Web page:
Twenty years ago when I was more fit and more foolish I managed to convince my “partner” that we should fly from New York City to Yellowstone National Park to go winter camping. I had been captivated by an article in “Outside” magazine. The author had managed to find a hot spring in the Park that had just the right amount of run off to turn a geothermal pool into a perfect, core-heated hot tub. It looked positively idyllic. I did not know that ignorant adventurers often turn themselves into lobsters in such pools.

I had a pair of wide, wooden Nordic skis. She had nothing comparable so we went shopping in New York City. Surprisingly, we managed to track down a pair of wide fiberglass skis. I crammed all our gear into backpacks and we headed off to Montana.

We had booked the snow cat to get us into the Old Faithful Lodge, which stays open for snowmobilers and the handful of winter visitors who come in the cat.  It was a long, slow ride in to the Lodge.  We were planning on staying one night and skiing to the campsite the next day. Then an arctic front came in like a hurricane. The temperature dropped 60 degrees Fahrenheit in one day (Celsius -1 to -34.) and the Governor declared a state of emergency. When we approached the Ranger for our permit he told us (politely) that we were out of our minds. He wouldn’t consider it.

So we caught a ride with the cat and went out for a day ski. The snow was so cold that the crystals stayed sharp as shards of glass. The glide part of cross country skiing works because the friction of the ski melts a layer of snow beneath the ski. This was like slogging through sand on long boards. My wooden skis moved, at least. The brand new fiberglass skis were useless.

When I suggested to my partner, (tactfully, I thought) that she might want to put in a little more effort so that we would get back before dark, she took off her skis and through them at me. I may be an idiot but I can take a hint. I strapped them on and tried to glide. It was like being on fly paper.  She glided away and left me to stew about faulty assumptions.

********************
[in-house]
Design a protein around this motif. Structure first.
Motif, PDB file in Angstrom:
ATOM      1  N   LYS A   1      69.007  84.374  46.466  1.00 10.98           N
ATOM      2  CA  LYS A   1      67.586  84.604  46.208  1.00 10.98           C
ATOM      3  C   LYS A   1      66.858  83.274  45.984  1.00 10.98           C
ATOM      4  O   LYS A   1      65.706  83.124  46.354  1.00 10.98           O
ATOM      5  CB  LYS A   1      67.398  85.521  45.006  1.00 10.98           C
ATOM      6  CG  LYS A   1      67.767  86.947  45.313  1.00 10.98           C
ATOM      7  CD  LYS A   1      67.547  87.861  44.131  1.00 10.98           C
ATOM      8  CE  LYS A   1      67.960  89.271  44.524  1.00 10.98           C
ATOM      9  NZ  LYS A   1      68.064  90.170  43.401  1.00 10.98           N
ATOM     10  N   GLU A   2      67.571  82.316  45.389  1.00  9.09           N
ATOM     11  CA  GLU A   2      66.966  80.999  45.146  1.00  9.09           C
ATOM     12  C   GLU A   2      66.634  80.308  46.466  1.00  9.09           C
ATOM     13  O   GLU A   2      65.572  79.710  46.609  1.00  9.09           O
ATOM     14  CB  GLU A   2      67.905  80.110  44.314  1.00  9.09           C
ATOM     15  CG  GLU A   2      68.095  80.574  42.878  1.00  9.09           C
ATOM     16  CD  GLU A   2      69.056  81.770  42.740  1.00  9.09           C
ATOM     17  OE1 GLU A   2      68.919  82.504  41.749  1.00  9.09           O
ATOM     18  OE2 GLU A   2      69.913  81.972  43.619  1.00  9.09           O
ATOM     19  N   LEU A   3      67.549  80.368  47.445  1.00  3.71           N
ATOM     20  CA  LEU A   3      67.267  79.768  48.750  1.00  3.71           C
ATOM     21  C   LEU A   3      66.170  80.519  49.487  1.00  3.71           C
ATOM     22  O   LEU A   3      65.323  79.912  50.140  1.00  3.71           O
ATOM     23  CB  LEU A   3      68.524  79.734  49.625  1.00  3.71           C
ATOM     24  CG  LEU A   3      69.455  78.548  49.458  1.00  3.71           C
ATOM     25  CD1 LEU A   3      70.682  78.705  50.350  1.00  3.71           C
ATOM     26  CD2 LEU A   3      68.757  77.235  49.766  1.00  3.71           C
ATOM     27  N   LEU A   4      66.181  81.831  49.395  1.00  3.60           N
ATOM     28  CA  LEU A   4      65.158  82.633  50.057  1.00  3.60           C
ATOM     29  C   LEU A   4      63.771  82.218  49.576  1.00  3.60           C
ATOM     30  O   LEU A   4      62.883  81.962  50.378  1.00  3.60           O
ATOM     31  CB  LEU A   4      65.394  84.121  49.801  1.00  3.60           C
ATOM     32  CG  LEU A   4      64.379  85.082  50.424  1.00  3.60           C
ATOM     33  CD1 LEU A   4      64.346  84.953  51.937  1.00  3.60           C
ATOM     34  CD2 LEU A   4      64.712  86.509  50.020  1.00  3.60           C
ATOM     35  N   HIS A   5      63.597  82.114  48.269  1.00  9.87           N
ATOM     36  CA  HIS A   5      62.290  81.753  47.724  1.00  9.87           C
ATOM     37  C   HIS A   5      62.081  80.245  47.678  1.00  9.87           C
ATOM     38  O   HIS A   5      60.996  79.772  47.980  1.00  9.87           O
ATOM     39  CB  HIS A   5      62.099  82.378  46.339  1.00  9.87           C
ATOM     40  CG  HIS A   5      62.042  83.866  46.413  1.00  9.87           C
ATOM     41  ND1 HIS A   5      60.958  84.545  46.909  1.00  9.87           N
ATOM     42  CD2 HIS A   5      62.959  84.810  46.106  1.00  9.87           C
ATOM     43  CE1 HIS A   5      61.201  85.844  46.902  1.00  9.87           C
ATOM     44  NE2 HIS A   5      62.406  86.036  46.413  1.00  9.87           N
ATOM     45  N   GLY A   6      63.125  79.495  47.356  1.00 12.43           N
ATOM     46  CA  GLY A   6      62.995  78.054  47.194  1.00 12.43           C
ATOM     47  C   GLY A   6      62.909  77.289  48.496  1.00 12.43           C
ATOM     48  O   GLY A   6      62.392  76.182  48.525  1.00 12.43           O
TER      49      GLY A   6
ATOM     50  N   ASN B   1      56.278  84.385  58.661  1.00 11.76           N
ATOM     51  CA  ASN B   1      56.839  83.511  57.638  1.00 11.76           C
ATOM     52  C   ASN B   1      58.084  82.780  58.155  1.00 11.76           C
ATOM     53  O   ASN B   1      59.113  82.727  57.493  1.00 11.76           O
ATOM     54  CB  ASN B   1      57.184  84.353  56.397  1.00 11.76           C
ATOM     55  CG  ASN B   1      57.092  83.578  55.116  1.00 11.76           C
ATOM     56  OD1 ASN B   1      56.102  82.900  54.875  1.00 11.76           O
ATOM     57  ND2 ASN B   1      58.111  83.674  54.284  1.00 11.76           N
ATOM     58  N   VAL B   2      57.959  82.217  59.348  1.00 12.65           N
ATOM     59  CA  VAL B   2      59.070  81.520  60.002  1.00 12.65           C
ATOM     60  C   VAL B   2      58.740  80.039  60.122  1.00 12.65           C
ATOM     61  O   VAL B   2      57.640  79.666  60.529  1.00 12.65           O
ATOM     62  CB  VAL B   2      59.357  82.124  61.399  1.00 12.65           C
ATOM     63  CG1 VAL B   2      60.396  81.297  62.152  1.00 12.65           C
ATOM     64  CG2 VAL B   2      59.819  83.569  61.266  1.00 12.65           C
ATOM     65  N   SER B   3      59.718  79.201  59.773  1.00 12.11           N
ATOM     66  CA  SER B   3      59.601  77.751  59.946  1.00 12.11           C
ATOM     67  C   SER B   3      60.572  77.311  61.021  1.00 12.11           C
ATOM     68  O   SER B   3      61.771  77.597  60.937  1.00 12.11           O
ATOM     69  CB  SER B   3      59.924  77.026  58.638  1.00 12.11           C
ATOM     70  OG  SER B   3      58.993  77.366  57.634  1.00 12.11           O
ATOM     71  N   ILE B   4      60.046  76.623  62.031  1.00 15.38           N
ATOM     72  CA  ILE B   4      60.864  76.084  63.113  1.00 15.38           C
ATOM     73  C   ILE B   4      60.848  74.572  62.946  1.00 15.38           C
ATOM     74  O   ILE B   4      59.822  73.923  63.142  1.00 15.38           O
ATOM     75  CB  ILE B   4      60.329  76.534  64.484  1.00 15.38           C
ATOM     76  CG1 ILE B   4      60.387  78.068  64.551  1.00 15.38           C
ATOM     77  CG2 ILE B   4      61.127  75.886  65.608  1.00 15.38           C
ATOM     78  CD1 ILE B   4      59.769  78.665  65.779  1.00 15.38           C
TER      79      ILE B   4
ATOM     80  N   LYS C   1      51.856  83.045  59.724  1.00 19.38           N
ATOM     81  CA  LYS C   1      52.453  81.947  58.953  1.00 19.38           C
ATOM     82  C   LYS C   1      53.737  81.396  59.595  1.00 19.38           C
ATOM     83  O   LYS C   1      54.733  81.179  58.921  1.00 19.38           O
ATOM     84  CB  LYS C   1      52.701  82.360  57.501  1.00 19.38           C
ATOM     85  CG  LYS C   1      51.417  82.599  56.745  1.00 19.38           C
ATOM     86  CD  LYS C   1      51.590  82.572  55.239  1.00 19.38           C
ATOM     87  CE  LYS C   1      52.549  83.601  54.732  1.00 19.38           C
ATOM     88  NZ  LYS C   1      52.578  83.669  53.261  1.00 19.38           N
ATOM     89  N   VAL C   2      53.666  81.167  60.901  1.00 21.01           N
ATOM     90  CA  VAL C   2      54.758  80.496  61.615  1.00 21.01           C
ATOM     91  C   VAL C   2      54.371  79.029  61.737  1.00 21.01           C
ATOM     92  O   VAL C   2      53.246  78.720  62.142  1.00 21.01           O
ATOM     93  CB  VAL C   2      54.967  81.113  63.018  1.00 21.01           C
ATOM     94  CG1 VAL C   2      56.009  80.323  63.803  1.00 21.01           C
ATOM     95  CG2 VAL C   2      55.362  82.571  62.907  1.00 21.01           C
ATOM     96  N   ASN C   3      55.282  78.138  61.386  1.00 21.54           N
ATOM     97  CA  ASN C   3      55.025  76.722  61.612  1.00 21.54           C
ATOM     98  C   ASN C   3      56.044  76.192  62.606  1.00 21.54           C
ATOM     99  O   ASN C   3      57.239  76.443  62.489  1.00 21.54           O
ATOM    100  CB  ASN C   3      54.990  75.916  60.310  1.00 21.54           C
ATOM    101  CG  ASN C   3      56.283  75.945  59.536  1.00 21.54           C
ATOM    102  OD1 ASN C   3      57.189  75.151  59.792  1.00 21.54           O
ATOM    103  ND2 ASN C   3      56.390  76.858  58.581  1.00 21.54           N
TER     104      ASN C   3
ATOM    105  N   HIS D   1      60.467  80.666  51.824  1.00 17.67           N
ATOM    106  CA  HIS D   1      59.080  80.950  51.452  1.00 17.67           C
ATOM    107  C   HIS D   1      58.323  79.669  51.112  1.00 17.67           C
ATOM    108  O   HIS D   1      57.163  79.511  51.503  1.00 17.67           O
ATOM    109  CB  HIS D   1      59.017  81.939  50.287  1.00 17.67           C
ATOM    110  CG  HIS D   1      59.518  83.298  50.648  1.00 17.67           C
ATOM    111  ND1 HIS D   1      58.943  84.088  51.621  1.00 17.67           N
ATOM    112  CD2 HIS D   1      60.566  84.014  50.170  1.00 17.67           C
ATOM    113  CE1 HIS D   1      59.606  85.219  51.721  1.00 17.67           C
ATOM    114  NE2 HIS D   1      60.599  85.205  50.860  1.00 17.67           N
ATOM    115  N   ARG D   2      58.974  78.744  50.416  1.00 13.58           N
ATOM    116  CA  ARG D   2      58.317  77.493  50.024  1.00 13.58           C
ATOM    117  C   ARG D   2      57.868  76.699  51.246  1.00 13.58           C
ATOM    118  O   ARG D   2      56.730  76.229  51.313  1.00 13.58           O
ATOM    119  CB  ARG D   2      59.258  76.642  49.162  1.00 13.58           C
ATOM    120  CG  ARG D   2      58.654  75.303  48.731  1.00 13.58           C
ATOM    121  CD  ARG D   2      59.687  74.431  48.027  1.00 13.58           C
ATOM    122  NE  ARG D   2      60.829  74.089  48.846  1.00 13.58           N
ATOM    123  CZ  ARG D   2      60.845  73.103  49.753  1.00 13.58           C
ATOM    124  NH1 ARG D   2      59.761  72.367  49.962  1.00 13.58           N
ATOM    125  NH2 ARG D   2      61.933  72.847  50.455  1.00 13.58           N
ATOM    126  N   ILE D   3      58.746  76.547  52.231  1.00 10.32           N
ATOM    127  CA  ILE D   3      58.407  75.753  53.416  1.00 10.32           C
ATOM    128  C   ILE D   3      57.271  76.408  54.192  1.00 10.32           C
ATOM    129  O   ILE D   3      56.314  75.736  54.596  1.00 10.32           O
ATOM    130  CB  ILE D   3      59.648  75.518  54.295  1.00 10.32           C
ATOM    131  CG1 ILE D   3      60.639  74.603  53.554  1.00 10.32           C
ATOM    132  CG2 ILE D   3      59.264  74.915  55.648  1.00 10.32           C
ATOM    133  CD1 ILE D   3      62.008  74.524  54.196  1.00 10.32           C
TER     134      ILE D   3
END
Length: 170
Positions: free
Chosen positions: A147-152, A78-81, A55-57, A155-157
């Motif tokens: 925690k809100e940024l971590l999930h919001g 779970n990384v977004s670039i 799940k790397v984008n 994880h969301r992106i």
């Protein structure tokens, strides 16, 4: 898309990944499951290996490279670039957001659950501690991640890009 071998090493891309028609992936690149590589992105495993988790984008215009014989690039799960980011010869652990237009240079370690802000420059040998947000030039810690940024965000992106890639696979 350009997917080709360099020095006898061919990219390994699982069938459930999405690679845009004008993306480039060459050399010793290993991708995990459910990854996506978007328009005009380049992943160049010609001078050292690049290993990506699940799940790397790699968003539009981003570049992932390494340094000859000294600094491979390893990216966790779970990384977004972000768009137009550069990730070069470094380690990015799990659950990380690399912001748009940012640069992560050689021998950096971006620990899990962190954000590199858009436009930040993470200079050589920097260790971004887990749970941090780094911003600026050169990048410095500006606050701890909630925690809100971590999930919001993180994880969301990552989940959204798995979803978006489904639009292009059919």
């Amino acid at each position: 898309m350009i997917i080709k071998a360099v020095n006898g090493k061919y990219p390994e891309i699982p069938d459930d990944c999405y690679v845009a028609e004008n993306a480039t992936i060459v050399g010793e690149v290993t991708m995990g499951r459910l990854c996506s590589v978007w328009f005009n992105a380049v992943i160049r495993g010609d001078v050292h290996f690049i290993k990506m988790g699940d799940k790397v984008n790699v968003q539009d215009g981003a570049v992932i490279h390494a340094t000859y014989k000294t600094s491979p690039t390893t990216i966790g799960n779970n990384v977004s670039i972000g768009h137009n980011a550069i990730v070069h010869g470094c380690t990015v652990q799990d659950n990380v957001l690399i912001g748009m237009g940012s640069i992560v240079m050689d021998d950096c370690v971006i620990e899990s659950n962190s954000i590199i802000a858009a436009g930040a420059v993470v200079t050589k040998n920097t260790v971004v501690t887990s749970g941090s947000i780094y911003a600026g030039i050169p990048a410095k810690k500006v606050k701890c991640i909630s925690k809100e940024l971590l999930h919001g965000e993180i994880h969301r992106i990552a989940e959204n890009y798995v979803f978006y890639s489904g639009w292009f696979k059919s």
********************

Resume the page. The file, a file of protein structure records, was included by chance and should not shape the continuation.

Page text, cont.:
I finally gave up trying to wax my way out of the problem and and simply walked on the snow, using the skis as cumbersome snowshoes. Halfway back we came across a herd of buffalo. They stopped and lowered their massive heads, steam coming out of their nostrils. We stared. They stared. Nobody moved. Then we made a wide detour out into the untracked snow. This land was their land, after all.

Snowcars by David Robertson

Quebecers have a famous anthem that goes this way– Mon pays, ce n’est pas un pays, c’est l’hiver. My country is not a country; it is winter. In places where it snows, the world is transformed. Every hill and stream becomes a sculpture, a new form. Out in the winter, you become new as well. Here in Australia, you have to get into the mountains to experience it, and it is magical.

We marveled with Jason as he caught a snowflake in his mitten and watched it melt, surprisingly slowly. We soaked up stories about Erich’s “Evel Knievel” adventures. We enjoyed the silent company of snow gums. We took simple pleasure in the elemental processes that winter camping requires: staying warm, cutting firewood, fetching water, cooking food, sleeping in tents, exploring a thousand avenues of conversation, drinking schnapps and brandy, and eating, well, everything.

There was the soft snow. There were a million stars in the southern sky. There were warm sleeping bags at the end of the day. What more could you ask for?

Erich in action by Alan Ball

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